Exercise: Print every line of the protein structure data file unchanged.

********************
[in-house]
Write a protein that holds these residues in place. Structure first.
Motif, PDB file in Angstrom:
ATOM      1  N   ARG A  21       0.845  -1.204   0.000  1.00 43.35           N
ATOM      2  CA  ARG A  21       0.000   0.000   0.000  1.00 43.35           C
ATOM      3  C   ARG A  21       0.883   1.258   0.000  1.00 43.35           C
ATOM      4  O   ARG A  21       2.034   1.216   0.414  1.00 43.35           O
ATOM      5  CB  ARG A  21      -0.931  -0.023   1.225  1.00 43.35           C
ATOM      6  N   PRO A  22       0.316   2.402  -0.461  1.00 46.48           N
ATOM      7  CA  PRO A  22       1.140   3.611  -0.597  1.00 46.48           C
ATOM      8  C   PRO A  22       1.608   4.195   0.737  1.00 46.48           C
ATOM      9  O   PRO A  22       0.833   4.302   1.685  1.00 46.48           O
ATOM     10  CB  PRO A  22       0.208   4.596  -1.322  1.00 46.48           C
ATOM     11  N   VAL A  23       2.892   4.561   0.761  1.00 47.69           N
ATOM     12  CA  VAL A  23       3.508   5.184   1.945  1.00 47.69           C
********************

[in-house]
Write a protein that holds these residues in place. Structure first.
Motif, PDB file in Angstrom:
ATOM      1  N   ARG A  21       0.845  -1.204   0.000  1.00 43.35           N
ATOM      2  CA  ARG A  21       0.000   0.000   0.000  1.00 43.35           C
ATOM      3  C   ARG A  21       0.883   1.258   0.000  1.00 43.35           C
ATOM      4  O   ARG A  21       2.034   1.216   0.414  1.00 43.35           O
ATOM      5  CB  ARG A  21      -0.931  -0.023   1.225  1.00 43.35           C
ATOM      6  N   PRO A  22       0.316   2.402  -0.461  1.00 46.48           N
ATOM      7  CA  PRO A  22       1.140   3.611  -0.597  1.00 46.48           C
ATOM      8  C   PRO A  22       1.608   4.195   0.737  1.00 46.48           C
ATOM      9  O   PRO A  22       0.833   4.302   1.685  1.00 46.48           O
ATOM     10  CB  PRO A  22       0.208   4.596  -1.322  1.00 46.48           C
ATOM     11  N   VAL A  23       2.892   4.561   0.761  1.00 47.69           N
ATOM     12  CA  VAL A  23       3.508   5.184   1.945  1.00 47.69           C